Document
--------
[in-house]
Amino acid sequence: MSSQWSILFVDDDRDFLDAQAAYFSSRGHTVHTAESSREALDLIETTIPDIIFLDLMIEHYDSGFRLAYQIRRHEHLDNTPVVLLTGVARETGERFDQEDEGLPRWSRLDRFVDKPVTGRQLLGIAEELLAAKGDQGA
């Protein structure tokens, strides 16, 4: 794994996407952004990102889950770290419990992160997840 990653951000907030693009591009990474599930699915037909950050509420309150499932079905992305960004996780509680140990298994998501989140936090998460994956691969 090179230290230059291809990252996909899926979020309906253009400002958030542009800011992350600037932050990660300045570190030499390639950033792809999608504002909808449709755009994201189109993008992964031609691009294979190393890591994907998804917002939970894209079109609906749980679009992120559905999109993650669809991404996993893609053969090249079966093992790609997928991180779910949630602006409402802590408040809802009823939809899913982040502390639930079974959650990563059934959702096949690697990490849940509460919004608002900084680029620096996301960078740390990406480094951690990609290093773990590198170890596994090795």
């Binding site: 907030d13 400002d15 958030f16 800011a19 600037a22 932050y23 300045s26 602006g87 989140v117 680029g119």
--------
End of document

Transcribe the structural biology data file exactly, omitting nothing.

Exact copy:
[in-house]
Amino acid sequence: MSSQWSILFVDDDRDFLDAQAAYFSSRGHTVHTAESSREALDLIETTIPDIIFLDLMIEHYDSGFRLAYQIRRHEHLDNTPVVLLTGVARETGERFDQEDEGLPRWSRLDRFVDKPVTGRQLLGIAEELLAAKGDQGA
């Protein structure tokens, strides 16, 4: 794994996407952004990102889950770290419990992160997840 990653951000907030693009591009990474599930699915037909950050509420309150499932079905992305960004996780509680140990298994998501989140936090998460994956691969 090179230290230059291809990252996909899926979020309906253009400002958030542009800011992350600037932050990660300045570190030499390639950033792809999608504002909808449709755009994201189109993008992964031609691009294979190393890591994907998804917002939970894209079109609906749980679009992120559905999109993650669809991404996993893609053969090249079966093992790609997928991180779910949630602006409402802590408040809802009823939809899913982040502390639930079974959650990563059934959702096949690697990490849940509460919004608002900084680029620096996301960078740390990406480094951690990609290093773990590198170890596994090795």
């Binding site: 907030d13 400002d15 958030f16 800011a19 600037a22 932050y23 300045s26 602006g87 989140v117 680029g119």